Since giving up full-time work last year I’ve been able to take a look at how I use my time. Freelancing is going great and I’ve had more time for my family, but as well as that I’ve been able to improve my physical health too. This post is about some of the things I’ve tried and the results.
In mid-2016 I started back at the gym and got back into running more regularly. I was doing weighted squats at the gym with the goal of improving my leg strength and avoid running injuries. It worked but didn’t change me much physically (apart from slightly thicker legs).
In early 2017 I began adjusting my diet, and investigating other ways of exercising to encourage muscle growth. Along the way I’ve learned a lot about how to eat better, as well as using bodyweight exercises to build up a good weekly workout routine.
As a result I’ve lost about 10 kilograms (22 pounds) overall, while gaining a significant amount of muscle in my legs, back, arms, shoulders and core.
There are two parts to this, so I’ll begin with the diet changes, then share a bit about my workout routine. Hopefully this will be useful to some people - but do keep in mind that what works for me might not be right for you, your goals and physical needs. Be mindful and listen to your body!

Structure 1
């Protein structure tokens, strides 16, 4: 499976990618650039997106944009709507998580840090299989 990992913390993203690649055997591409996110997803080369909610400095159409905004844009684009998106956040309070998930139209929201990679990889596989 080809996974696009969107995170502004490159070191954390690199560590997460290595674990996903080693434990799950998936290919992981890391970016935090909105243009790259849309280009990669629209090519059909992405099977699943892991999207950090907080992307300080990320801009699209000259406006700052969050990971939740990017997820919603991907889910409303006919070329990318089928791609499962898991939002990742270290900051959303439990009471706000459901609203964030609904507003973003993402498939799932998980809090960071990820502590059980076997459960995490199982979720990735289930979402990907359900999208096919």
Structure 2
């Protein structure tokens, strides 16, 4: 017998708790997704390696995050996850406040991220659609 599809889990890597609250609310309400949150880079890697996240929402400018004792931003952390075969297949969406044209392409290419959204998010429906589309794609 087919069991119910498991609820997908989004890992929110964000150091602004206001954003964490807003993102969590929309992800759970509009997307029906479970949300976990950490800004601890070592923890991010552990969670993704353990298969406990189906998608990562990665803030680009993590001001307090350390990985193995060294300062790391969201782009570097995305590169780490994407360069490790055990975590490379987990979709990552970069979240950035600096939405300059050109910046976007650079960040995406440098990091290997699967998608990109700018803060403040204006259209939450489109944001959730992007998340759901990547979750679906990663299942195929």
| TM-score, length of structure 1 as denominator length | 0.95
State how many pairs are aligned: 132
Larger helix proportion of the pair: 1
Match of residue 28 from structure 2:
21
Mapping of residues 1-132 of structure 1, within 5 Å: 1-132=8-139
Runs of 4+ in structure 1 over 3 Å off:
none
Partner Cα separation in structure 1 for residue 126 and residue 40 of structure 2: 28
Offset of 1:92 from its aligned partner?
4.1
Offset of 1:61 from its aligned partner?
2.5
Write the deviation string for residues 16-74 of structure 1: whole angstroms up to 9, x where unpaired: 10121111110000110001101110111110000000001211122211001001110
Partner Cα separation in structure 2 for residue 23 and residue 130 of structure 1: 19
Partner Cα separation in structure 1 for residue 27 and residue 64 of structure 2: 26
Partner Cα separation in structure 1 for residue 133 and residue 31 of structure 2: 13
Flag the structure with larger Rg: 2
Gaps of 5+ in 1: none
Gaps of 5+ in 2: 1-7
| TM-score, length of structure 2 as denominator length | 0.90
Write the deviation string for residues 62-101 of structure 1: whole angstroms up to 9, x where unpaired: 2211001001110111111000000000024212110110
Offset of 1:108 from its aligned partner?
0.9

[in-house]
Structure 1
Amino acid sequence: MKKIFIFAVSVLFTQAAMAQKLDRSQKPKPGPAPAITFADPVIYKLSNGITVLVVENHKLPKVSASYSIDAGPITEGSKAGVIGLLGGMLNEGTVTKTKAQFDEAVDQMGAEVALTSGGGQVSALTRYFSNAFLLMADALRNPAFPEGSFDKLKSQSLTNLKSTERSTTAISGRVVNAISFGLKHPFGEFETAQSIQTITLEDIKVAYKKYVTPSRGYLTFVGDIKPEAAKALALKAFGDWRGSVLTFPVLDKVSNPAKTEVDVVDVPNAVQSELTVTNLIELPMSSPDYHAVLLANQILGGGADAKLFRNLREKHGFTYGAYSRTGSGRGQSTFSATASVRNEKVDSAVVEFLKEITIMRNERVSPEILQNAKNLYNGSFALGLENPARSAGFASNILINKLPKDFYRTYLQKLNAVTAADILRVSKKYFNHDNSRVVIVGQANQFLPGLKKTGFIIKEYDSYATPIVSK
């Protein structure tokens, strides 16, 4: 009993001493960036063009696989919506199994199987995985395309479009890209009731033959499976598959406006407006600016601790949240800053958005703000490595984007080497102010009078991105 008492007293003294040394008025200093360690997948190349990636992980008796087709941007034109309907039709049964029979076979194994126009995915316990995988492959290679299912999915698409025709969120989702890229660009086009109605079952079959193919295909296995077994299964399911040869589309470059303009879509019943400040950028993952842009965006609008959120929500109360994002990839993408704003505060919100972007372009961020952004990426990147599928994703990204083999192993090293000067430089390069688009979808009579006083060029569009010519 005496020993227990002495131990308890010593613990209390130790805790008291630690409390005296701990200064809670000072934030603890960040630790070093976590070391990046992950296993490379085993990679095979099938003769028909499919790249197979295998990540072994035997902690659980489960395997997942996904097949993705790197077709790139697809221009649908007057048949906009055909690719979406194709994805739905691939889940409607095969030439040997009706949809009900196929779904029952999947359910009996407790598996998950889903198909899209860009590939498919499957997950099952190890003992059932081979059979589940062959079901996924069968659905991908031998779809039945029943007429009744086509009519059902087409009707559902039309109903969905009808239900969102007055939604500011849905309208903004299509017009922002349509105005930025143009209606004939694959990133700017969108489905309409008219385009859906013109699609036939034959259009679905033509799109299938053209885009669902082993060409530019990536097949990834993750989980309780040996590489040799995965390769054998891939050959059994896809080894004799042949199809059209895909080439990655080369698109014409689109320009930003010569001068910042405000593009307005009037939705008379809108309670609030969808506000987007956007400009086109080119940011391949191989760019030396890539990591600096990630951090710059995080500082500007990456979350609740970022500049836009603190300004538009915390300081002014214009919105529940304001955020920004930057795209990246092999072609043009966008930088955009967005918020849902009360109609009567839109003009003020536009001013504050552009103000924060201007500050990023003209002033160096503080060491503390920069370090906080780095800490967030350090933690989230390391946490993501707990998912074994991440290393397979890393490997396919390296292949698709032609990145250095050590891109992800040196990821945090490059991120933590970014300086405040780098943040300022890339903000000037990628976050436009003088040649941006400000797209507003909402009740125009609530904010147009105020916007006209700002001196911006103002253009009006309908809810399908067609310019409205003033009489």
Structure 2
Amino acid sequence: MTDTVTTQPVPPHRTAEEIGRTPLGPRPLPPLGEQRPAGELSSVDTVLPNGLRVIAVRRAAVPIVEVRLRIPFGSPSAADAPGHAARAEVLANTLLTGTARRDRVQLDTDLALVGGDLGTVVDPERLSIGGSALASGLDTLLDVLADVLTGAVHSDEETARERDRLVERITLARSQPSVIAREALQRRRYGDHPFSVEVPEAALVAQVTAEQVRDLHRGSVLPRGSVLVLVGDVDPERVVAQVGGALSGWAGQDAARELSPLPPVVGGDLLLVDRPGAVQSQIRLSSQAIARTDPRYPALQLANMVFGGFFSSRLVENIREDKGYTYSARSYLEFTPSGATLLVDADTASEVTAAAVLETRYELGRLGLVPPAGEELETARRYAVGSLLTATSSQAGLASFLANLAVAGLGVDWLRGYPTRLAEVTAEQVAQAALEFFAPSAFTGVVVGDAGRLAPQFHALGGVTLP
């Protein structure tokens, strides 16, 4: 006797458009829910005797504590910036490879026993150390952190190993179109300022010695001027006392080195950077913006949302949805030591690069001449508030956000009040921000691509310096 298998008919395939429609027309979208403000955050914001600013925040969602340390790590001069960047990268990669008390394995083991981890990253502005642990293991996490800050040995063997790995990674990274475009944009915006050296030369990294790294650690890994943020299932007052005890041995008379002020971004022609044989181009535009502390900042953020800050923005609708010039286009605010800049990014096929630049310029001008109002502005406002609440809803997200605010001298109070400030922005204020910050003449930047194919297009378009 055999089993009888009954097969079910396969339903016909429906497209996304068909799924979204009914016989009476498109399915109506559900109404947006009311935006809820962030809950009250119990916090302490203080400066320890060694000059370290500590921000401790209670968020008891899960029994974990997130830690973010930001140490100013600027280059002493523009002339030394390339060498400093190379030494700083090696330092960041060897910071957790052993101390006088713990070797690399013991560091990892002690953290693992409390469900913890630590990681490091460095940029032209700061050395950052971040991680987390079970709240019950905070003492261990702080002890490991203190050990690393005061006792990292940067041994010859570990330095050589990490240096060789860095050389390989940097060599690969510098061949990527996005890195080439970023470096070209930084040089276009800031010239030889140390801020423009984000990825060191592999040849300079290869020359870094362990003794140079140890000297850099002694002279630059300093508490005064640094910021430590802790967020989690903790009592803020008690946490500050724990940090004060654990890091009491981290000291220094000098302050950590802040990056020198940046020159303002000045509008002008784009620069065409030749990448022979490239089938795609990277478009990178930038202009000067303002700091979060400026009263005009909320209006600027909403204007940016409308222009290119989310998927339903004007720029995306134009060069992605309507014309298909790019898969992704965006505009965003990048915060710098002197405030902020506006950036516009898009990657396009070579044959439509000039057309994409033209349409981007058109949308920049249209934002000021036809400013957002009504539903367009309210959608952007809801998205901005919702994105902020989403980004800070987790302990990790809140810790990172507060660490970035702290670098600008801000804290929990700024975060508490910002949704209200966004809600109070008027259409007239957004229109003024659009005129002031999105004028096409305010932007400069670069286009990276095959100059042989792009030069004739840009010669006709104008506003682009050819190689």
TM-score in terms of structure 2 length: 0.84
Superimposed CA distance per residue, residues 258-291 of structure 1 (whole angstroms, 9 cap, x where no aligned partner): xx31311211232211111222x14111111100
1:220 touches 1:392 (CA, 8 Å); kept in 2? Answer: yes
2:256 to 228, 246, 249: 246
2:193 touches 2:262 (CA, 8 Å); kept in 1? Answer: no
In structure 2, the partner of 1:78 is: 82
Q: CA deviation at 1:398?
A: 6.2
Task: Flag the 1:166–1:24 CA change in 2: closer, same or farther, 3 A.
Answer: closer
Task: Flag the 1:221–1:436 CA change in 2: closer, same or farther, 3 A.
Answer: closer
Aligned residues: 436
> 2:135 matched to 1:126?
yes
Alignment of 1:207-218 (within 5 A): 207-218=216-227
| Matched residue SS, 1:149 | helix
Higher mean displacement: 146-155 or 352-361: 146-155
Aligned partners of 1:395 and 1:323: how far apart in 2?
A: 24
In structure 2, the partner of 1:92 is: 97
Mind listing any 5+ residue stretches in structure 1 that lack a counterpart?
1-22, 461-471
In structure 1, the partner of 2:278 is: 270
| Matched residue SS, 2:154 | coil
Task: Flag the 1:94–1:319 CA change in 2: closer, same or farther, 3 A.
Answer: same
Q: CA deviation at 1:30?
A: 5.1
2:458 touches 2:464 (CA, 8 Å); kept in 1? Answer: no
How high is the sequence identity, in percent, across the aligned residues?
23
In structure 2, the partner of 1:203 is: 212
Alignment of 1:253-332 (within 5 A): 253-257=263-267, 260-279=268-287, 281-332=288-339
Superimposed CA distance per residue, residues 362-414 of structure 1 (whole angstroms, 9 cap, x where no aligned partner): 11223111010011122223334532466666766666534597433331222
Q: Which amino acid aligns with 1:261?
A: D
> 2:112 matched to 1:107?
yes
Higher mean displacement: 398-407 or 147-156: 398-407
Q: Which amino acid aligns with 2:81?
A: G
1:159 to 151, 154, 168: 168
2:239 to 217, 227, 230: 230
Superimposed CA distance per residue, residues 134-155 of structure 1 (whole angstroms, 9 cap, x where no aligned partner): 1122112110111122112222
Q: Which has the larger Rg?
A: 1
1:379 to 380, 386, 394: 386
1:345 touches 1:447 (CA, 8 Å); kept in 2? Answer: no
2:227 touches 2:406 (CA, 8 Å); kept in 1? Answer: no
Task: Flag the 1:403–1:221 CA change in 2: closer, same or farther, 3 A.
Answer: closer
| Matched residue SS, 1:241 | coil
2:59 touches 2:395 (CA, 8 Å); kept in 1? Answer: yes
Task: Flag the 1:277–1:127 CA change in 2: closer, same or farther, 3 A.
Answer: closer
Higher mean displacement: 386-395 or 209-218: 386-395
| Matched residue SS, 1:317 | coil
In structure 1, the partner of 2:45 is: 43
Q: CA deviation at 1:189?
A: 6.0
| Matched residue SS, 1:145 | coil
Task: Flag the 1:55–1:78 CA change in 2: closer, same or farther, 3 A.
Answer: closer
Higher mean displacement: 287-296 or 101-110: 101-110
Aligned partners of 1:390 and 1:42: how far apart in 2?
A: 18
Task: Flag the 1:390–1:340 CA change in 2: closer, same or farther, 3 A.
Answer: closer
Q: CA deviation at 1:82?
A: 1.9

Losing weight / fat
For many years I weighed around 95 kilograms. Possibly more. I stopped measuring. Last month I weighed in at just under 85 kilograms and I’m looking better, and feeling a lot happier about myself. There are two things that caused this, the first being nutritional changes and the second being exercise.
Over the last 6 months or so I’ve been making a lot of small changes to what I eat. It’s important to note that I didn’t do all this at once, I just changed things gradually, tried things and saw what worked and what didn’t. I even tried intermittent fasting - which was pretty good but left me feeling too drained so only lasted a few weeks.
In the end, the bits that worked involved:
- Less snacking between meals
- Fewer treats like ice-cream, sweets etc
- Replacing starchy carbs like rice, potatoes with green vegetables
- Protein in every meal - lean meat, protein-rich vegetables
- A small amount of whey protein supplementation
- Drinking more water
On top of this, I also took time to track everything in myFitnessPal, a phone app that helps track food and breaks it down into “macros” (how much protein, carbs and fats are in the diet).
By taking the time to track each meal I could see that by the end of each day I was eating somewhere around 3,000 to 3,500 calories per day. Since my goal was to lose weight, I gave myself a target of about 2,500 or so. This helped me get control of my portions, as I knew I needed to aim for this target each day.
I also validated this by calculating my BMR and adjusting for my activity levels (more on those later!) to come up with the 2,500 calorie target. Yours may be different!
While aiming for a specific calorie target, I needed to make sure I wasn’t losing too much muscle with the weight loss. To help this that meant eating enough protein. There’s a lot of information on this online but the best I can tell is that for gaining or maintaining muscle I needed to aim for 1 to 1.5 times my weight in kilograms per day. For me that meant about 120 to 150 or so grams of protein per day.